The ‘Stealth Health’ Way to Trimming Calories

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Today it was revealed that a number of food companies have been quietly lowering the amount of salt in their products over the past few years. Icon brands such as V8 vegetable juice, Chef Boyardee canned pasta and Orville Redenbacher microwave popcorn have each shed more than 30% of their sodium content.  They got caught doing the right thing.

This Stealth Health approach offers a more enlightened way to ensure that consumers really do stick with changes intended to improve the nutrition of packaged foods and beverages. This is in contrast to the “stick” approach of taxing consumers or banning favorite ingredients to force changes in eating habits which rarely are adhered.

Why do I like Stealth Health? For one, food corporations have been deploying “stealth” tactics for many years to reduce costs.  Little by little, tweak by tweak, the iconic brands that we enjoy have all been tinkered with over the decades – all without us knowing so that we don’t abandon ship.

Stealth Health also avoids overtly depriving the public of the foods and beverages they enjoy. This is why diets fail. Instead of expecting consumers to abandon their favorite foods, improving the nutrition and/or reducing calories below the radar does not upset this delicate balance.

And, it sidesteps consumer suspicions that if a food is “healthy” it can’t taste good (witness cereals that have tasted like cardboard or the first soy hot dogs). Virtually every piece of research I have encountered confirms that, for foods that are typically more indulgent, the consumer believes that making these foods more healthy results in poorer taste.

For a half century, the food industry has quietly produced 29% more calories per person to eat every day.  It’s time to reverse that trend in the same way – quietly. Obesity will not be solved overnight, but by taking cues from the Salt Wars, food companies now have the blueprint on how to secretly perform nutritional surgery on their brands and go about taking the calories out without compromising their profits.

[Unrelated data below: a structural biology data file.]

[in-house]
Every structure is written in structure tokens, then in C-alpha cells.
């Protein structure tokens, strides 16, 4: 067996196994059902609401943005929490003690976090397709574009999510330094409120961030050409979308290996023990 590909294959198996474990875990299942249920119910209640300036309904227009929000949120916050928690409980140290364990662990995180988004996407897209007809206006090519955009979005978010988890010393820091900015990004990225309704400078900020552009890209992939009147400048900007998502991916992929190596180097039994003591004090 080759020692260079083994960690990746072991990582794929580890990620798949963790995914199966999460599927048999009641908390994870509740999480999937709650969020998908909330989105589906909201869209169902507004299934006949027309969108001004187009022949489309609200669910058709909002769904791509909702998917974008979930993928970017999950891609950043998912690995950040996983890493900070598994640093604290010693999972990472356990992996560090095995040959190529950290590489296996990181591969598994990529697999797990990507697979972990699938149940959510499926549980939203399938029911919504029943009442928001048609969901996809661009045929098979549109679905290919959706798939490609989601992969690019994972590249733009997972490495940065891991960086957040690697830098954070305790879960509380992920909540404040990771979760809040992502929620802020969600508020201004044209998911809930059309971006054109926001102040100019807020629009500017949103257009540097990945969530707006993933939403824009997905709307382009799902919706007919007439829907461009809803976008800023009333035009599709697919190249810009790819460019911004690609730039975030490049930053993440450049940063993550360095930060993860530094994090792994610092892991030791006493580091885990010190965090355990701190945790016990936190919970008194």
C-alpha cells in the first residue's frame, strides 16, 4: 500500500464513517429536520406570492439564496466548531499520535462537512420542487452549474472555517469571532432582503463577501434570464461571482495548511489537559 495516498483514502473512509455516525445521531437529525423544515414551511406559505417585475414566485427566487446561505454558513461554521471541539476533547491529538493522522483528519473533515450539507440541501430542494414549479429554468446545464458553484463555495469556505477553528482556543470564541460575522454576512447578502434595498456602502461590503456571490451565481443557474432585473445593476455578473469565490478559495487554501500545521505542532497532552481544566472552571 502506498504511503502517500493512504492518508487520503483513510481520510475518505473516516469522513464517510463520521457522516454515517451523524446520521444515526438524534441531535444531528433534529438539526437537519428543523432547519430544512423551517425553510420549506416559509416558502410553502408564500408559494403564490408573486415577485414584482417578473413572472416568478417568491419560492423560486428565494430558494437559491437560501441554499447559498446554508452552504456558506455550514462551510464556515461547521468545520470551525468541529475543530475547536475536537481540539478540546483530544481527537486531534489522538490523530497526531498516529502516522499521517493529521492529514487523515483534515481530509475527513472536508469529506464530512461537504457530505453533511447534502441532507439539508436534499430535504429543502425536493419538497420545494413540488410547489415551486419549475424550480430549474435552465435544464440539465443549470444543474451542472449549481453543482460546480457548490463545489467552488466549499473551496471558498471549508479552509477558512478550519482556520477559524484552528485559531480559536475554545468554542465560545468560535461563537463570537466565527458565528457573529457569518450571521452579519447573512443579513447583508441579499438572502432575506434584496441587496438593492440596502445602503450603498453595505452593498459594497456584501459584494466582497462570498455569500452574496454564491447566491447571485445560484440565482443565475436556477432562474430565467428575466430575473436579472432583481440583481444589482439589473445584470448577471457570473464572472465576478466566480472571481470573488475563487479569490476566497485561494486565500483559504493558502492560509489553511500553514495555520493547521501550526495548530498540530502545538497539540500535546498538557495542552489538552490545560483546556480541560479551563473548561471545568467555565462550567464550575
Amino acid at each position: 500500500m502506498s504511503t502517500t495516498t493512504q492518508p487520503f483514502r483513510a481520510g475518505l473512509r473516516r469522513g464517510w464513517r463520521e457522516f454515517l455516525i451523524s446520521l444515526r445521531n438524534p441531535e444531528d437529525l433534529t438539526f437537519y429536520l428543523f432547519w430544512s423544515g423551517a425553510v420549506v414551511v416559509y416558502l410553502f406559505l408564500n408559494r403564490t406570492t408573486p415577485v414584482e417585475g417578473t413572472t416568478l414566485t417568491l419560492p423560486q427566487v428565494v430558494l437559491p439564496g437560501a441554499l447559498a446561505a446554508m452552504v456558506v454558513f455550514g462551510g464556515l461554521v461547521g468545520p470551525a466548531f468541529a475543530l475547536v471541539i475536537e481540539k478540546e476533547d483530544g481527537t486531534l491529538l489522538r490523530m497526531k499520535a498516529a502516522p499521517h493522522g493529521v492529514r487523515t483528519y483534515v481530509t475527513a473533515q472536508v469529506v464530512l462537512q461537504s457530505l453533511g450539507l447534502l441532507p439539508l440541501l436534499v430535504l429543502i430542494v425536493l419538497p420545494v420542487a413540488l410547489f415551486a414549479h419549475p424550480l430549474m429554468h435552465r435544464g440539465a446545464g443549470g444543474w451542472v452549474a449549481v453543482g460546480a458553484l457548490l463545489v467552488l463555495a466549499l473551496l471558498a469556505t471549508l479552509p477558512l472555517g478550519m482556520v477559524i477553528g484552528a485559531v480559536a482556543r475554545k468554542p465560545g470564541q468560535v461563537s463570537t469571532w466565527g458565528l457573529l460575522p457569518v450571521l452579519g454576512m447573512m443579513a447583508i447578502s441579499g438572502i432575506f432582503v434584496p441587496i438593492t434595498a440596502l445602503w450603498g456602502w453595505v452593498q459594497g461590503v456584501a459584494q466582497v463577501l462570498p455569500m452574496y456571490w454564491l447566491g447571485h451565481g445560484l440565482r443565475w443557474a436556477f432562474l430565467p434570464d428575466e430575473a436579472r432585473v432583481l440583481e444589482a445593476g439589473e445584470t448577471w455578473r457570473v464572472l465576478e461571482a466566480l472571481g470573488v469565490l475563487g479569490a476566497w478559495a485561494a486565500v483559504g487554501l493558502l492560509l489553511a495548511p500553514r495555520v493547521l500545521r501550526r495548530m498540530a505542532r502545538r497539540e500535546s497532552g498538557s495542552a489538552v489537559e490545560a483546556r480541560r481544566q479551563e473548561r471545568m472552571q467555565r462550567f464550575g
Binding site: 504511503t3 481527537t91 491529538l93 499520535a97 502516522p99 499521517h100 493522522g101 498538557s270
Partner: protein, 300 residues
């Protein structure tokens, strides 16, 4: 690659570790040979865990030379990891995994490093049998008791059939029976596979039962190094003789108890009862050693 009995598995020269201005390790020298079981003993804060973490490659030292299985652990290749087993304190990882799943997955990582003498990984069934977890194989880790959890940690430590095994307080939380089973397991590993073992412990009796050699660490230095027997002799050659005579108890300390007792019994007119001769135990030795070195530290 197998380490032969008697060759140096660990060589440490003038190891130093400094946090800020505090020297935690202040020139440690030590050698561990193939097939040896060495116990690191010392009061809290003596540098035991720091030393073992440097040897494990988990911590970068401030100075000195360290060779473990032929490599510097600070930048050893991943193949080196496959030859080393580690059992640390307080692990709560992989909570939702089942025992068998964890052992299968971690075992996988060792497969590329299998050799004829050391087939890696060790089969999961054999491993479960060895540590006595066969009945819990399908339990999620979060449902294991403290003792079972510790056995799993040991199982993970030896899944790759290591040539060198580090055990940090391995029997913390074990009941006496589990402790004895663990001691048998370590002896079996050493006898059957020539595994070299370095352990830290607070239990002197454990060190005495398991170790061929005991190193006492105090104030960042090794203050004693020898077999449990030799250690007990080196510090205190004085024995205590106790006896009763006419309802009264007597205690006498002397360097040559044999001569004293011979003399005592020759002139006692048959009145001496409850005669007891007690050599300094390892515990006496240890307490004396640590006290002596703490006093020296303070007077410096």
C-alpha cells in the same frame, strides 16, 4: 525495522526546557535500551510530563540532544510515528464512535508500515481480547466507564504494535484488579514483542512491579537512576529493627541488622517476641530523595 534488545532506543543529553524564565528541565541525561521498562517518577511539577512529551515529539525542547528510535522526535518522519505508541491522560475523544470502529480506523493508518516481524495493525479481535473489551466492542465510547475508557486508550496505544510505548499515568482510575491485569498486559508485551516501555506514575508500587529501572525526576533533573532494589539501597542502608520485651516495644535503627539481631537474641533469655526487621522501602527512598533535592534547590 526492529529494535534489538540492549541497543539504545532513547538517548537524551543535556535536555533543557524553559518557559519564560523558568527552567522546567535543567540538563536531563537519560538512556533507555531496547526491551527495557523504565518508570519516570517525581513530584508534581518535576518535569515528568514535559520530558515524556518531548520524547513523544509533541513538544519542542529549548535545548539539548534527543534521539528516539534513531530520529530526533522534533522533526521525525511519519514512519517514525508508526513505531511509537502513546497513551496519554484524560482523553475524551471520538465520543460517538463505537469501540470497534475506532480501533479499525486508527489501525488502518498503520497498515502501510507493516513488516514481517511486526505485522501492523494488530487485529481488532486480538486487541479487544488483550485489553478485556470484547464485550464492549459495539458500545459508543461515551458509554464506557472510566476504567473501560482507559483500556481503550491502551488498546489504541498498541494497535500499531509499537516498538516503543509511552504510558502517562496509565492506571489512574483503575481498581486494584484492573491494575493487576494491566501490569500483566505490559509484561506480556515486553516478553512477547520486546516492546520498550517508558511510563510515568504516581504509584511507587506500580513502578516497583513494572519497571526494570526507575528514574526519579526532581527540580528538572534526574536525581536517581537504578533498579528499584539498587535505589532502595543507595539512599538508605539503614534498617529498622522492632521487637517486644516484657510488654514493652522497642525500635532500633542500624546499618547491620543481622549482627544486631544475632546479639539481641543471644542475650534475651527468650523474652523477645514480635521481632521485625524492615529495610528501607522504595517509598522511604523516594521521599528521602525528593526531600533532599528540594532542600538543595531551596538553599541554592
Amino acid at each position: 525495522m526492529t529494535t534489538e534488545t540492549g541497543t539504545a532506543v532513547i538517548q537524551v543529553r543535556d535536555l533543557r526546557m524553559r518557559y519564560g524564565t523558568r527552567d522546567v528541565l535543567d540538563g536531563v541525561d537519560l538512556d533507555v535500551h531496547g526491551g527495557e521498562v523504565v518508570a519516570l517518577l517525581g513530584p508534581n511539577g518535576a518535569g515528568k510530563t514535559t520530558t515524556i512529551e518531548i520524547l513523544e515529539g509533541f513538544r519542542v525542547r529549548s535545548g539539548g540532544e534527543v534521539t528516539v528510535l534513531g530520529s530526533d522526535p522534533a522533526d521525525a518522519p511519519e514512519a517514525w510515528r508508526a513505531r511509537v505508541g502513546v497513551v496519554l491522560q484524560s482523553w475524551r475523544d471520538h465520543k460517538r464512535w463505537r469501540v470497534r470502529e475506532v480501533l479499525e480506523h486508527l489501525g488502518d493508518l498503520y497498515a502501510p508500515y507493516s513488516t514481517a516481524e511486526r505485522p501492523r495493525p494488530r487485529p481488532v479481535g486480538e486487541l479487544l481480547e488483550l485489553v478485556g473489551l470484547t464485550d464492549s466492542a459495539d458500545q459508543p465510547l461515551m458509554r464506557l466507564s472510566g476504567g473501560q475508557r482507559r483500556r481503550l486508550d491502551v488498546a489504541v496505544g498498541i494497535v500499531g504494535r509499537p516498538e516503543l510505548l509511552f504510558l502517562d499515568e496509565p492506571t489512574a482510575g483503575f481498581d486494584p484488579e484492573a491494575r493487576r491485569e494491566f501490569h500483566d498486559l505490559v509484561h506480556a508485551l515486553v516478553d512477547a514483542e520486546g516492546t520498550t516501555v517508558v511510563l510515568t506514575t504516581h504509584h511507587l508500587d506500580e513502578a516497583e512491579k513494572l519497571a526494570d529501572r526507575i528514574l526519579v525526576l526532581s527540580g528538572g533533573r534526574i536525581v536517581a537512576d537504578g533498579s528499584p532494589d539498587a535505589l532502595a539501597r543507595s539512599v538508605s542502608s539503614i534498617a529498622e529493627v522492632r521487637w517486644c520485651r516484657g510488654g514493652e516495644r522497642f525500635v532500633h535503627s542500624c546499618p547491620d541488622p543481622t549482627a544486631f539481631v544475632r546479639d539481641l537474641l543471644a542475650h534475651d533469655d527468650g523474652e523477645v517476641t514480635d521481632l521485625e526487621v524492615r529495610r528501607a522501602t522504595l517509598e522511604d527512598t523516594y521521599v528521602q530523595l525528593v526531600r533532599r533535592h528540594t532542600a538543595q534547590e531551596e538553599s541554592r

9 Responses to “The ‘Stealth Health’ Way to Trimming Calories”

  1. Dave says:

    I enjoy your big-picture view of the food industry.
    In many cases it is relatively refreshing to read about possible
    solutions that actually make sense, don’t over-regulate the system,
    and rely on consumer based decisions. I think much of our problems in
    nutrition come from poor decisions, but having corporations revert back
    to “less dense” food will help.

  2. Kate says:

    Hank, stumbled across your blog and am I glad I did. Your perspective on Stealth Health is brilliant. If food companies take responsibility for their part in decreasing calories, it’s an encouraging step and support system in helping consumers consciously do the same. I’ve been looking for tips on how to manage restaurant calories better. The book Obesity Free Forever
    has been really helpful and talks about some of the things you’re mentioning here. The author Georgine Collins is a former nurse and is on the same page as you are. Important work. Thanks!

  3. Thank you for your comments. I look forward to checking out the book.

  4. Kate says:

    Hank, thanks! The correct spelling of the author of Obesity Free Forever is Georgene CollinsThank you for posting. Kate

  5. Thanks for providing Georgene’s name.

  6. Erlene Huell says:

    I have just recently started my blog and am really enjoying leaving comments on my favorite blogs 😉 Bookmark for sure.

  7. On the whole, I’m not awfully keen on politics in general – but, now and again all of us have to pay attention. There are a few very good issues raised here, and I am taking notice – thank you.

  8. nose huggie review says:

    Hank, thanks! The correct spelling of the author of Obesity Free Forever is Georgene CollinsThank you for posting.

  9. Bryan says:

    Basically, these are those foods which actually subtract the calories from you and this makes them essential for those who are looking at weight loss.

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